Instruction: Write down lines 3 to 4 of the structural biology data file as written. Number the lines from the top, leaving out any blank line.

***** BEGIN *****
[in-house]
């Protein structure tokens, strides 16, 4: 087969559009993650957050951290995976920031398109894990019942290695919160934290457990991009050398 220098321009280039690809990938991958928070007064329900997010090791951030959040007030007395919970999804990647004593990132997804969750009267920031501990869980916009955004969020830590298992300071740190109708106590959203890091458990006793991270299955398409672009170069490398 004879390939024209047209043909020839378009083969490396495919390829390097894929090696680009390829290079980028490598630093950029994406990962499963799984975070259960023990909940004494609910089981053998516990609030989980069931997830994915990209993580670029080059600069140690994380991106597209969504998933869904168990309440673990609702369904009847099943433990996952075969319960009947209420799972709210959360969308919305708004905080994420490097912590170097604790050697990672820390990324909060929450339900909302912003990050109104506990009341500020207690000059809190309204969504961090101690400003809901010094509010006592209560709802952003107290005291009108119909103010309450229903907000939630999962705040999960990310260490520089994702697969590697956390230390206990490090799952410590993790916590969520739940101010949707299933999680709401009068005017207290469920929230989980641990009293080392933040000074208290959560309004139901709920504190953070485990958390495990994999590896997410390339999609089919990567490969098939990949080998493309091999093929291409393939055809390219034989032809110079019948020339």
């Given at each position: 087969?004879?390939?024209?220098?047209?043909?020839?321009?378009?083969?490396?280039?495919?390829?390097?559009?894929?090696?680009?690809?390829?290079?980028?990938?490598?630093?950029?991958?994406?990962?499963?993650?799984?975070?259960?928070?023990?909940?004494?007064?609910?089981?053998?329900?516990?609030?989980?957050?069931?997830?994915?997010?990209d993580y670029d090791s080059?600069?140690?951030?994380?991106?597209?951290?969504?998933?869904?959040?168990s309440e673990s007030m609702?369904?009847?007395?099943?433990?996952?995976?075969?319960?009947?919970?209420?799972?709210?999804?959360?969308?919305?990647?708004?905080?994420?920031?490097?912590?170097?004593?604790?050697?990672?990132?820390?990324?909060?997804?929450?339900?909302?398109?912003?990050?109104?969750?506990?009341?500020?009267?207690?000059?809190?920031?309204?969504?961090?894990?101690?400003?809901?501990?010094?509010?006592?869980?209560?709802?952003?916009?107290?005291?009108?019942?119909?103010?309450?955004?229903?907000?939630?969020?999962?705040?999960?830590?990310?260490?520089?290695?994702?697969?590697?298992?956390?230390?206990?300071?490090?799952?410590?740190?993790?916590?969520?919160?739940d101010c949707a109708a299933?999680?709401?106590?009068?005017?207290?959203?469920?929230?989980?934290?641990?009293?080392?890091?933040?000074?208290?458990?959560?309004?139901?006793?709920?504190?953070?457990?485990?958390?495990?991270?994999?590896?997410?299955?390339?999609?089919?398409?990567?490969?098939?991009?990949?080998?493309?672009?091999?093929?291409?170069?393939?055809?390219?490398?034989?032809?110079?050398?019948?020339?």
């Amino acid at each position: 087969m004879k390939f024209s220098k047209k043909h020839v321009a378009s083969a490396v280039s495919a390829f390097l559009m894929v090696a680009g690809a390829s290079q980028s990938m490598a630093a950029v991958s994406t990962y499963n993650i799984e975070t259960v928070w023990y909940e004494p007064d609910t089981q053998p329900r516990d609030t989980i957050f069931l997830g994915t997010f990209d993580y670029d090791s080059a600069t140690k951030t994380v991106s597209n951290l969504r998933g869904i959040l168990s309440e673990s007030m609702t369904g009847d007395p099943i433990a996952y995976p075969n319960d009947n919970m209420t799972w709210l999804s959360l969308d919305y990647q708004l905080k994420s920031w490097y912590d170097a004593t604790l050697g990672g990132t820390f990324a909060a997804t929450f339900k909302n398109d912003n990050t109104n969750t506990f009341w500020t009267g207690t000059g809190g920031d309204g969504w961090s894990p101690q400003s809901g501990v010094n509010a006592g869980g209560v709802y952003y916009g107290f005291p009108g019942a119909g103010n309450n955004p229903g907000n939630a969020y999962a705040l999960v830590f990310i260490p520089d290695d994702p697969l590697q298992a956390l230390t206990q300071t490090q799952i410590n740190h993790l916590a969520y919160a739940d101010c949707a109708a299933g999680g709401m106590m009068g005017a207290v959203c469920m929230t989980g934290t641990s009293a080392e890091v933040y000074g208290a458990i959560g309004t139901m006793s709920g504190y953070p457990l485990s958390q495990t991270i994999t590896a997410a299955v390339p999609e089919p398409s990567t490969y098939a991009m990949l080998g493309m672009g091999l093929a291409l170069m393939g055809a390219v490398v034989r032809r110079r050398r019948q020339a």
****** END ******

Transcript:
């Given at each position: 087969?004879?390939?024209?220098?047209?043909?020839?321009?378009?083969?490396?280039?495919?390829?390097?559009?894929?090696?680009?690809?390829?290079?980028?990938?490598?630093?950029?991958?994406?990962?499963?993650?799984?975070?259960?928070?023990?909940?004494?007064?609910?089981?053998?329900?516990?609030?989980?957050?069931?997830?994915?997010?990209d993580y670029d090791s080059?600069?140690?951030?994380?991106?597209?951290?969504?998933?869904?959040?168990s309440e673990s007030m609702?369904?009847?007395?099943?433990?996952?995976?075969?319960?009947?919970?209420?799972?709210?999804?959360?969308?919305?990647?708004?905080?994420?920031?490097?912590?170097?004593?604790?050697?990672?990132?820390?990324?909060?997804?929450?339900?909302?398109?912003?990050?109104?969750?506990?009341?500020?009267?207690?000059?809190?920031?309204?969504?961090?894990?101690?400003?809901?501990?010094?509010?006592?869980?209560?709802?952003?916009?107290?005291?009108?019942?119909?103010?309450?955004?229903?907000?939630?969020?999962?705040?999960?830590?990310?260490?520089?290695?994702?697969?590697?298992?956390?230390?206990?300071?490090?799952?410590?740190?993790?916590?969520?919160?739940d101010c949707a109708a299933?999680?709401?106590?009068?005017?207290?959203?469920?929230?989980?934290?641990?009293?080392?890091?933040?000074?208290?458990?959560?309004?139901?006793?709920?504190?953070?457990?485990?958390?495990?991270?994999?590896?997410?299955?390339?999609?089919?398409?990567?490969?098939?991009?990949?080998?493309?672009?091999?093929?291409?170069?393939?055809?390219?490398?034989?032809?110079?050398?019948?020339?």
């Amino acid at each position: 087969m004879k390939f024209s220098k047209k043909h020839v321009a378009s083969a490396v280039s495919a390829f390097l559009m894929v090696a680009g690809a390829s290079q980028s990938m490598a630093a950029v991958s994406t990962y499963n993650i799984e975070t259960v928070w023990y909940e004494p007064d609910t089981q053998p329900r516990d609030t989980i957050f069931l997830g994915t997010f990209d993580y670029d090791s080059a600069t140690k951030t994380v991106s597209n951290l969504r998933g869904i959040l168990s309440e673990s007030m609702t369904g009847d007395p099943i433990a996952y995976p075969n319960d009947n919970m209420t799972w709210l999804s959360l969308d919305y990647q708004l905080k994420s920031w490097y912590d170097a004593t604790l050697g990672g990132t820390f990324a909060a997804t929450f339900k909302n398109d912003n990050t109104n969750t506990f009341w500020t009267g207690t000059g809190g920031d309204g969504w961090s894990p101690q400003s809901g501990v010094n509010a006592g869980g209560v709802y952003y916009g107290f005291p009108g019942a119909g103010n309450n955004p229903g907000n939630a969020y999962a705040l999960v830590f990310i260490p520089d290695d994702p697969l590697q298992a956390l230390t206990q300071t490090q799952i410590n740190h993790l916590a969520y919160a739940d101010c949707a109708a299933g999680g709401m106590m009068g005017a207290v959203c469920m929230t989980g934290t641990s009293a080392e890091v933040y000074g208290a458990i959560g309004t139901m006793s709920g504190y953070p457990l485990s958390q495990t991270i994999t590896a997410a299955v390339p999609e089919p398409s990567t490969y098939a991009m990949l080998g493309m672009g091999l093929a291409l170069m393939g055809a390219v490398v034989r032809r110079r050398r019948q020339a």